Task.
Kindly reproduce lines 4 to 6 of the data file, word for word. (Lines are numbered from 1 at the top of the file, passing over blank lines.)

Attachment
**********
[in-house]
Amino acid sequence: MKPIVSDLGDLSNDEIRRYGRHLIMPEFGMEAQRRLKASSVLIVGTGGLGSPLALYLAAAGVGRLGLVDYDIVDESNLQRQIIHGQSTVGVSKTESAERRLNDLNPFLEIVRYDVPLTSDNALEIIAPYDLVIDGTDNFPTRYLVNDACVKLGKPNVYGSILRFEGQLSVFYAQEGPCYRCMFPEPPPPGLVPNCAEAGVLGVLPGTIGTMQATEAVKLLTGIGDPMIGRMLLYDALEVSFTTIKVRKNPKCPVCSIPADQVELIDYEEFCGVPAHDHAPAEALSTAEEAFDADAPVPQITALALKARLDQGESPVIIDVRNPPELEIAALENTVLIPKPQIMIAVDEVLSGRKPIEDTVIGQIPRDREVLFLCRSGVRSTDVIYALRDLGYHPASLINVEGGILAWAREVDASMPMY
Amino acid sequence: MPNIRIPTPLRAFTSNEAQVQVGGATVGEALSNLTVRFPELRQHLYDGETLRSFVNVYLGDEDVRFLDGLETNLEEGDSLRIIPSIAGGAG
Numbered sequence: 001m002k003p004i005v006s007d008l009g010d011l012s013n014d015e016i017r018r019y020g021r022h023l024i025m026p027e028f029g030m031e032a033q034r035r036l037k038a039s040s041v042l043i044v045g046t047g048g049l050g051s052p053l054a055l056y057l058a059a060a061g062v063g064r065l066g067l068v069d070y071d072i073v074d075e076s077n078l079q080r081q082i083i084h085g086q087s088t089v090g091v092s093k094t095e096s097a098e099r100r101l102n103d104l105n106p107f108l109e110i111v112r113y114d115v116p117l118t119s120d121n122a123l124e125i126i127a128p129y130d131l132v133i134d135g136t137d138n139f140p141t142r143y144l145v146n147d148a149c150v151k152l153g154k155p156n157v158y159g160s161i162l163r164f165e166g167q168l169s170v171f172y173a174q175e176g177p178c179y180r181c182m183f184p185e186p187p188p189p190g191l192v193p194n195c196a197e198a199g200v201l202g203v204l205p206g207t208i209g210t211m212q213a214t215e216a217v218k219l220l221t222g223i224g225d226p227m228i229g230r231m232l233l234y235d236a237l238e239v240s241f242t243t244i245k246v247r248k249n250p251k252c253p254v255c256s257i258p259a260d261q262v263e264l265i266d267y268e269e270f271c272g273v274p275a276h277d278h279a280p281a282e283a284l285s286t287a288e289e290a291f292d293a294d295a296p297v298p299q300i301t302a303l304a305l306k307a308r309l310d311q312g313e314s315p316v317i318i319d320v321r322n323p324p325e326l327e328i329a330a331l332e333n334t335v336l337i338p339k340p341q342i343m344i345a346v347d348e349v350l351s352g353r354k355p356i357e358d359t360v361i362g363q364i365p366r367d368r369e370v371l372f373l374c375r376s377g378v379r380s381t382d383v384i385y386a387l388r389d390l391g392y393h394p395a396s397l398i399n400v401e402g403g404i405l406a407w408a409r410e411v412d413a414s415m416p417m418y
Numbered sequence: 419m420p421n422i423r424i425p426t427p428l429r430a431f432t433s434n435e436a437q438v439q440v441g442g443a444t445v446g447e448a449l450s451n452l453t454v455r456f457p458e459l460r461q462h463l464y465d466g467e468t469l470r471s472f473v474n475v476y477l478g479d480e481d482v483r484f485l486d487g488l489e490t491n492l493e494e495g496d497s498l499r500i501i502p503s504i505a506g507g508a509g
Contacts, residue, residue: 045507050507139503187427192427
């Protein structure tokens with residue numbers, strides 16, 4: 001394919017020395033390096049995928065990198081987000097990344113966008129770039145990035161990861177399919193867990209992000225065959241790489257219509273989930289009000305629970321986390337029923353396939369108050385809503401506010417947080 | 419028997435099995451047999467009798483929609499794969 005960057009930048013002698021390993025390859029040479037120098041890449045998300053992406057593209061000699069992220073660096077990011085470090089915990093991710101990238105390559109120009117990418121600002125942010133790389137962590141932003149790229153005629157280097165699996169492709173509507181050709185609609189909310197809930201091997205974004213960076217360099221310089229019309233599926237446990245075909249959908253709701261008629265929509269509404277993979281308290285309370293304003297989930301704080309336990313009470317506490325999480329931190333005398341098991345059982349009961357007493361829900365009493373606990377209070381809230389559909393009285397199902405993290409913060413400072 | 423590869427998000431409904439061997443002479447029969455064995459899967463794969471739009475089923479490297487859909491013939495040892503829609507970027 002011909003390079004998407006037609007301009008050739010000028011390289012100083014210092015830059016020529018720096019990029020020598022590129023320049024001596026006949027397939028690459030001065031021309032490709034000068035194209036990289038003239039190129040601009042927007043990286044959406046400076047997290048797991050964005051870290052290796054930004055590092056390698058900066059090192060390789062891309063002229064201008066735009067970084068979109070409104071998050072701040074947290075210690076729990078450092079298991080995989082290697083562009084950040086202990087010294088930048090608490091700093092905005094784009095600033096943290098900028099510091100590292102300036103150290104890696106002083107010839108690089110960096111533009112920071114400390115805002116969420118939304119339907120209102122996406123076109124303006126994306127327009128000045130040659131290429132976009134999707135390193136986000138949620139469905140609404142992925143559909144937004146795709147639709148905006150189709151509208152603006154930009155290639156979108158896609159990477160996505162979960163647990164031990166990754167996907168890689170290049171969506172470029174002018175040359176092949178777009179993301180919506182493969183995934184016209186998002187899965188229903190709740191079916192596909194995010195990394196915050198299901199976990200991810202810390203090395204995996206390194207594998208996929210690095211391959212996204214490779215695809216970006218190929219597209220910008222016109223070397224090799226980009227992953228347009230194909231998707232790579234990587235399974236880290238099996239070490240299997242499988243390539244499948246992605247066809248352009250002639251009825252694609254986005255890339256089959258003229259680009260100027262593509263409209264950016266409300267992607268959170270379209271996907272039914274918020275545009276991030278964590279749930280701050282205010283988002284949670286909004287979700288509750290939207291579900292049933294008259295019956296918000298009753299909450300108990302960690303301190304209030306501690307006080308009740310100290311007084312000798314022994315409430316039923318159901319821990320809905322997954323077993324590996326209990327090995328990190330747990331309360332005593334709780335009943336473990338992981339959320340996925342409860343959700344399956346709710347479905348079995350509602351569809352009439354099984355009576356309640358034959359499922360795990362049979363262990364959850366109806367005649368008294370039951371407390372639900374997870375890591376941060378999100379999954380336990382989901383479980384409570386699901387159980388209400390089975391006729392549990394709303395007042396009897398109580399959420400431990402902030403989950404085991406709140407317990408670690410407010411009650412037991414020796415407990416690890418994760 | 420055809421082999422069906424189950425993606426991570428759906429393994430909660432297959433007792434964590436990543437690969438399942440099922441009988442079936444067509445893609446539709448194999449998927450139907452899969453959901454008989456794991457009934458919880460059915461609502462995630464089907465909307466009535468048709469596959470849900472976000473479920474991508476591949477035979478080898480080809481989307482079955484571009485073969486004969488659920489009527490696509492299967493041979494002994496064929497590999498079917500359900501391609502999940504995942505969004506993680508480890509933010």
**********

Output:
Numbered sequence: 001m002k003p004i005v006s007d008l009g010d011l012s013n014d015e016i017r018r019y020g021r022h023l024i025m026p027e028f029g030m031e032a033q034r035r036l037k038a039s040s041v042l043i044v045g046t047g048g049l050g051s052p053l054a055l056y057l058a059a060a061g062v063g064r065l066g067l068v069d070y071d072i073v074d075e076s077n078l079q080r081q082i083i084h085g086q087s088t089v090g091v092s093k094t095e096s097a098e099r100r101l102n103d104l105n106p107f108l109e110i111v112r113y114d115v116p117l118t119s120d121n122a123l124e125i126i127a128p129y130d131l132v133i134d135g136t137d138n139f140p141t142r143y144l145v146n147d148a149c150v151k152l153g154k155p156n157v158y159g160s161i162l163r164f165e166g167q168l169s170v171f172y173a174q175e176g177p178c179y180r181c182m183f184p185e186p187p188p189p190g191l192v193p194n195c196a197e198a199g200v201l202g203v204l205p206g207t208i209g210t211m212q213a214t215e216a217v218k219l220l221t222g223i224g225d226p227m228i229g230r231m232l233l234y235d236a237l238e239v240s241f242t243t244i245k246v247r248k249n250p251k252c253p254v255c256s257i258p259a260d261q262v263e264l265i266d267y268e269e270f271c272g273v274p275a276h277d278h279a280p281a282e283a284l285s286t287a288e289e290a291f292d293a294d295a296p297v298p299q300i301t302a303l304a305l306k307a308r309l310d311q312g313e314s315p316v317i318i319d320v321r322n323p324p325e326l327e328i329a330a331l332e333n334t335v336l337i338p339k340p341q342i343m344i345a346v347d348e349v350l351s352g353r354k355p356i357e358d359t360v361i362g363q364i365p366r367d368r369e370v371l372f373l374c375r376s377g378v379r380s381t382d383v384i385y386a387l388r389d390l391g392y393h394p395a396s397l398i399n400v401e402g403g404i405l406a407w408a409r410e411v412d413a414s415m416p417m418y
Numbered sequence: 419m420p421n422i423r424i425p426t427p428l429r430a431f432t433s434n435e436a437q438v439q440v441g442g443a444t445v446g447e448a449l450s451n452l453t454v455r456f457p458e459l460r461q462h463l464y465d466g467e468t469l470r471s472f473v474n475v476y477l478g479d480e481d482v483r484f485l486d487g488l489e490t491n492l493e494e495g496d497s498l499r500i501i502p503s504i505a506g507g508a509g
Contacts, residue, residue: 045507050507139503187427192427